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It's worth mentioning pip here as well, as conda and pip have similarities and differences that are relevant to this topic.

pip: the Python Package Manager.

You might think of pip as the python equivalent of the ruby gem command pip is not included with python by default. You may install Python using homebrew, which will install pip automatically: brew install python The final version of OSX did not include pip by default. To add pip to your mac system's version of python, you can sudo easy_install pip You can find and publish python packages using PyPI: The Python Package Index The requirements.txt file is comparable to the ruby gemfile To create a requirements text file, pip freeze > requirements.txt Note, at this point, we have python installed on our system, and we have created a requirements.txt file that outlines all of the python packages that have been installed on your system. pyenv: Python Version Manager

From the docs: pyenv lets you easily switch between multiple versions of Python. It's simple, unobtrusive, and follows the UNIX tradition of single-purpose tools that do one thing well. This project was forked from rbenv and ruby-build, and modified for Python. Many folks hesitate to use python3. If you need to use different versions of python, pyenv lets you manage this easily. virtualenv: Python Environment Manager.

From the docs: The basic problem being addressed is one of dependencies and versions, and indirectly permissions. Imagine you have an application that needs version 1 of LibFoo, but another application requires version 2. How can you use both these applications? If you install everything into /usr/lib/python2.7/site-packages (or whatever your platform’s standard location is), it’s easy to end up in a situation where you unintentionally upgrade an application that shouldn’t be upgraded. To create a virtualenv, simply invoke virtualenv ENV, where ENV is is a directory to place the new virtual environment. To initialize the virtualenv, you need to source ENV/bin/activate. To stop using, simply call deactivate. Once you activate the virtualenv, you might install all of a workspace's package requirements by running pip install -r against the project's requirements.txt file. Anaconda: Package Manager + Environment Manager + Additional Scientific Libraries.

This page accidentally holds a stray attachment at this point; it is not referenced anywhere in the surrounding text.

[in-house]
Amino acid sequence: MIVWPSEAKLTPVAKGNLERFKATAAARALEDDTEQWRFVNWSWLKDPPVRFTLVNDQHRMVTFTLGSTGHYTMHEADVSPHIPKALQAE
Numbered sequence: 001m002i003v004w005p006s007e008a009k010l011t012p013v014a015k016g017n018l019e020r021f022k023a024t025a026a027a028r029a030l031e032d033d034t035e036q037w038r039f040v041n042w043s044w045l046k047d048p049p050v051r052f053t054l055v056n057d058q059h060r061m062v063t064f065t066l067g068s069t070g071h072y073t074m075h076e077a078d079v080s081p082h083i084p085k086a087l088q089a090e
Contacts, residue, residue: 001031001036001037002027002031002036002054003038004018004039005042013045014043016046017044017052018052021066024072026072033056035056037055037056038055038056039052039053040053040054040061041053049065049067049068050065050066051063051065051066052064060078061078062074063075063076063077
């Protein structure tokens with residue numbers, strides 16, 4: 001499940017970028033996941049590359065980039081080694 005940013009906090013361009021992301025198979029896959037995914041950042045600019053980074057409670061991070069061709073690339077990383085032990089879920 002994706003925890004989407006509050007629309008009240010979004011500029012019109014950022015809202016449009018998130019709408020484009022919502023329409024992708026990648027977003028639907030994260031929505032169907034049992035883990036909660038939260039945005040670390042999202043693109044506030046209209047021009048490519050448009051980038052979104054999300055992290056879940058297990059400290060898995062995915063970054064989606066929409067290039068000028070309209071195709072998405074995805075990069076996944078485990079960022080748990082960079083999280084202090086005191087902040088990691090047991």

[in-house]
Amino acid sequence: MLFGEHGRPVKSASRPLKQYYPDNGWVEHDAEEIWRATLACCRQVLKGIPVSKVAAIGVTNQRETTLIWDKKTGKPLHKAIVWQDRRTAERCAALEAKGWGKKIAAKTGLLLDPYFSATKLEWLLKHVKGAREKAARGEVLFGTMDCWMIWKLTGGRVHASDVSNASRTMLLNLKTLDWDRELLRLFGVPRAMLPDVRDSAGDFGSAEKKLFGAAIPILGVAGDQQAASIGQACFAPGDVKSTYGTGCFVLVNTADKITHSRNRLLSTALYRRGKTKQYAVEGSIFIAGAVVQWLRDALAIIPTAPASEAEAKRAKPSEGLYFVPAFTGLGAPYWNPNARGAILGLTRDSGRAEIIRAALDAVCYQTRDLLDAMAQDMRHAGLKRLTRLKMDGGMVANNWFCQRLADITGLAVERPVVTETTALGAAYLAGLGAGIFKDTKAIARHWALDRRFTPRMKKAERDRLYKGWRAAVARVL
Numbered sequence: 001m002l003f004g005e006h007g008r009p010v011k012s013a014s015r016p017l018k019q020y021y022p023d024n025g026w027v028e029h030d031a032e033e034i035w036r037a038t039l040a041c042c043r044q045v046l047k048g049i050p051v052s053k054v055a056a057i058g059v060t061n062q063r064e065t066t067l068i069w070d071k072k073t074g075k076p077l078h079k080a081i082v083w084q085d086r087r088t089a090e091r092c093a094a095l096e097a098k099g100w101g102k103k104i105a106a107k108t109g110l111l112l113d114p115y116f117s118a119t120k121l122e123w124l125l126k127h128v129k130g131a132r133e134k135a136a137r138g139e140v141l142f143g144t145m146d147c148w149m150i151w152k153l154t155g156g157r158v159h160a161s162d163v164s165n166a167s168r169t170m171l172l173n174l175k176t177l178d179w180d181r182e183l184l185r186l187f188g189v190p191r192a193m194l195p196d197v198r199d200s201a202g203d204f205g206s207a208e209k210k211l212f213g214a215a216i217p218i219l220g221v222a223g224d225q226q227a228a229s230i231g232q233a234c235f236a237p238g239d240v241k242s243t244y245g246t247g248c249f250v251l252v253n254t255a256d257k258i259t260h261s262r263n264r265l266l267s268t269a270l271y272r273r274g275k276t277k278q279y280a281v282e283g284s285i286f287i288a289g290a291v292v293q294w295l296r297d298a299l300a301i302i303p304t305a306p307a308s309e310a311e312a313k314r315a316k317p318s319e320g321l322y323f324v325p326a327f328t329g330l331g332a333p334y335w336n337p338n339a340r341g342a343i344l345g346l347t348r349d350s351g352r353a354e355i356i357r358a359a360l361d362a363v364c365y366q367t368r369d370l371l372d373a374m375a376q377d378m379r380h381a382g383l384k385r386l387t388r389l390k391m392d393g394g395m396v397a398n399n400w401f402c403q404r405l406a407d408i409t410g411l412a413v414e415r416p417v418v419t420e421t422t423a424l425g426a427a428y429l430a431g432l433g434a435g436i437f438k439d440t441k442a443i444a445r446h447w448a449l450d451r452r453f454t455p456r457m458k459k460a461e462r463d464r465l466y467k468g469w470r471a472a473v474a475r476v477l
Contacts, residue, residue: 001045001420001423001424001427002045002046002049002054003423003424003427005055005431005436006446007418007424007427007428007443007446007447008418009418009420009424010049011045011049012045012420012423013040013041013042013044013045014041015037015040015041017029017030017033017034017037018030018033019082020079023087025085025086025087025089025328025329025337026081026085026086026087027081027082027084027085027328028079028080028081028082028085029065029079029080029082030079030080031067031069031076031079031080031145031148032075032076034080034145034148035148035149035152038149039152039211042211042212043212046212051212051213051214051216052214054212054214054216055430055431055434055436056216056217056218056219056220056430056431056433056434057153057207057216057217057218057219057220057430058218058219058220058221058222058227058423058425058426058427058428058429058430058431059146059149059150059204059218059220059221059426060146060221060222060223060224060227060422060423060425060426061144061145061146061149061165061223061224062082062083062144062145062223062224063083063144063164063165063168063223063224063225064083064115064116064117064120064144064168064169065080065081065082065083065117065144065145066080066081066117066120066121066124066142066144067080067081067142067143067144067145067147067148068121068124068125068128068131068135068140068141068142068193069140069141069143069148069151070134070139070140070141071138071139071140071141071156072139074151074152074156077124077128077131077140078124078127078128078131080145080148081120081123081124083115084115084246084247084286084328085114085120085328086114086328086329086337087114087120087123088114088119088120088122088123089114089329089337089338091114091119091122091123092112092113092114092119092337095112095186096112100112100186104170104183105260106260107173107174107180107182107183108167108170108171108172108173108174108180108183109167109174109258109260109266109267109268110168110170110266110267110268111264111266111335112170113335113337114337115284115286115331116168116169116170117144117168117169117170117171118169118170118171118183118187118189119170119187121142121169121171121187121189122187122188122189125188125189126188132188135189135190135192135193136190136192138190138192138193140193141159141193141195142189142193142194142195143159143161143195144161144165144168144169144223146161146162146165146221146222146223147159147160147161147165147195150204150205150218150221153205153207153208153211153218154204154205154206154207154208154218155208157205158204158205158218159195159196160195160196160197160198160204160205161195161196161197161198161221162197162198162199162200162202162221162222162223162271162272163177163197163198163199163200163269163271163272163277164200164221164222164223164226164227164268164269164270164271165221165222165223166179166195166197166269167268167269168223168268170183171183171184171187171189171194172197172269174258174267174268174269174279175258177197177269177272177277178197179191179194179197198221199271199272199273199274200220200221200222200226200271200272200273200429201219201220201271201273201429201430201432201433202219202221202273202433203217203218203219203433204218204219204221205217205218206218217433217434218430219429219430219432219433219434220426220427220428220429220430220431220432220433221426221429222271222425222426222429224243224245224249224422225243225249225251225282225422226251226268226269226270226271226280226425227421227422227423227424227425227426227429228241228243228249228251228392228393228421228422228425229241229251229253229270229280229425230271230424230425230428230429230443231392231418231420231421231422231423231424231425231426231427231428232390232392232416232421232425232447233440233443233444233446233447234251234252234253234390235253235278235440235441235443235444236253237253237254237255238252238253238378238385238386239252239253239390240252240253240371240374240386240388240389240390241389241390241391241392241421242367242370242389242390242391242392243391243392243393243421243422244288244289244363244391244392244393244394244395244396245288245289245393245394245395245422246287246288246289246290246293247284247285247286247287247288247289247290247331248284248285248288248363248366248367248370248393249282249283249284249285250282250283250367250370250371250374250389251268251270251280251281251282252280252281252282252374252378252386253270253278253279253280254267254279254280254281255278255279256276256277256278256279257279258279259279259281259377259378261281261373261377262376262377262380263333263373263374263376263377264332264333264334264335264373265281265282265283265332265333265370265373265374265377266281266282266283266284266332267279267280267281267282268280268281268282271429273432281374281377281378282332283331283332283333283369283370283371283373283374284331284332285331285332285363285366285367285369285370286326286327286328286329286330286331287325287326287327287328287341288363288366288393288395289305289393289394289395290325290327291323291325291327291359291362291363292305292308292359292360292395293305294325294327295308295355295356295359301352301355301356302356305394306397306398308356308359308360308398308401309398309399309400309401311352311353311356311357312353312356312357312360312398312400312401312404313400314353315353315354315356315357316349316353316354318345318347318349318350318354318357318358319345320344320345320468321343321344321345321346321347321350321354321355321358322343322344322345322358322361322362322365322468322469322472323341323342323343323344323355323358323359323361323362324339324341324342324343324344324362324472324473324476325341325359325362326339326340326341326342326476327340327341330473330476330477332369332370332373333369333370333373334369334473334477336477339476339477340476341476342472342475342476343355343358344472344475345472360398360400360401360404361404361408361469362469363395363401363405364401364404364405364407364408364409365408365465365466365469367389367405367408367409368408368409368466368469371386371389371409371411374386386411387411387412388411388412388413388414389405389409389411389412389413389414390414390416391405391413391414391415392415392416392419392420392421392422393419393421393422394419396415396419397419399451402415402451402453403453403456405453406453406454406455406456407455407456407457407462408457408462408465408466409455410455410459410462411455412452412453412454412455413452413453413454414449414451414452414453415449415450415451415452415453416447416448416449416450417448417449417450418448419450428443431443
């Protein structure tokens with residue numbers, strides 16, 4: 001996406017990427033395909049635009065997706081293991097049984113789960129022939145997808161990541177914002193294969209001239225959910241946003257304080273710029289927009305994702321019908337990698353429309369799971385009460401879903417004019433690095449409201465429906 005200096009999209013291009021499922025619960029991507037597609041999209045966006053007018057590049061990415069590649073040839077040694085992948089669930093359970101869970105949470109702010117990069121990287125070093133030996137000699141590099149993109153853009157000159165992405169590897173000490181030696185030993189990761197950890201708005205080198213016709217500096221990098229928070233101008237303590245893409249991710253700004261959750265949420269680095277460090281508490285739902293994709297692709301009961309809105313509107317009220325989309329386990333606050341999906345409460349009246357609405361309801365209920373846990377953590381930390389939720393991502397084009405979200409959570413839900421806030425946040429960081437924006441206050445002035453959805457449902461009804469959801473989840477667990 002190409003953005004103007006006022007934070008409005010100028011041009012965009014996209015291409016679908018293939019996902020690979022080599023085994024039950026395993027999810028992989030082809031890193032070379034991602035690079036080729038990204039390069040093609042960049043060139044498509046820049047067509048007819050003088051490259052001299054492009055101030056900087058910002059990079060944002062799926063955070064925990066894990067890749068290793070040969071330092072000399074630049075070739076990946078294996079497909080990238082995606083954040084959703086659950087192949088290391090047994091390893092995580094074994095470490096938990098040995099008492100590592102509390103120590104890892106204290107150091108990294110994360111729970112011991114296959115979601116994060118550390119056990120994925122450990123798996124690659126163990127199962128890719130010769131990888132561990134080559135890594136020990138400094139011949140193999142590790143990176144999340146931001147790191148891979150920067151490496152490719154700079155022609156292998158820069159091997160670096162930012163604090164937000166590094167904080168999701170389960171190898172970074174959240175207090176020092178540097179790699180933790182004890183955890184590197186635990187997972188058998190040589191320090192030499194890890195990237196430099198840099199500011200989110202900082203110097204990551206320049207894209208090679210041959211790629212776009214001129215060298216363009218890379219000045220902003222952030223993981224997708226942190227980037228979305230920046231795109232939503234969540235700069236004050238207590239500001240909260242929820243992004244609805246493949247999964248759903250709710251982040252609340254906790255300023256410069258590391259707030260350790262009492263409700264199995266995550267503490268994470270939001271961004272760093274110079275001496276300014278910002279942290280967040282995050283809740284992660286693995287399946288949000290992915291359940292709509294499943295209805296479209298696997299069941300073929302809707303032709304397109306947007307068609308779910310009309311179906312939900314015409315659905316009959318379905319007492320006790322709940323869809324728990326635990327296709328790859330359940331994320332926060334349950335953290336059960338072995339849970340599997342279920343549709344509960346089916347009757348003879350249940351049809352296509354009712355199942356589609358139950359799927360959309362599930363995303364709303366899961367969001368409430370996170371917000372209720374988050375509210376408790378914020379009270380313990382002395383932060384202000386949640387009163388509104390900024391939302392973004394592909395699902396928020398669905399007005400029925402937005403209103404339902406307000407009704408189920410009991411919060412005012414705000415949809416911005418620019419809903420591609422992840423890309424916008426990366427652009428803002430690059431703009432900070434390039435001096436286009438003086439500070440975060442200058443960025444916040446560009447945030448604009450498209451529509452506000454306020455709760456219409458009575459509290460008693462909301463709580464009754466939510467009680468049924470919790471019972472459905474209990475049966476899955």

From the docs: Anaconda 4.2.0 includes an easy installation of Python (2.7.12, 3.4.5, and/or 3.5.2) and updates of over 100 pre-built and tested scientific and analytic Python packages that include NumPy, Pandas, SciPy, Matplotlib, and IPython, with over 620 more packages available via a simple conda install As a web developer, I haven't used Anaconda. It's ~3GB including all the packages. There is a slimmed down miniconda version, which seems like it could be a more simple option than using pip + virtualenv, although I don't have experience using it personally. While conda allows you to install packages, these packages are separate than PyPI packages, so you may still need to use pip additionally depending on the types of packages you need to install. See also:

conda vs pip vs virtualenv (section in documentation from anaconda) the difference between pip and conda (stackoverflow) the relationship between virtualenv and pyenv (stackoverflow)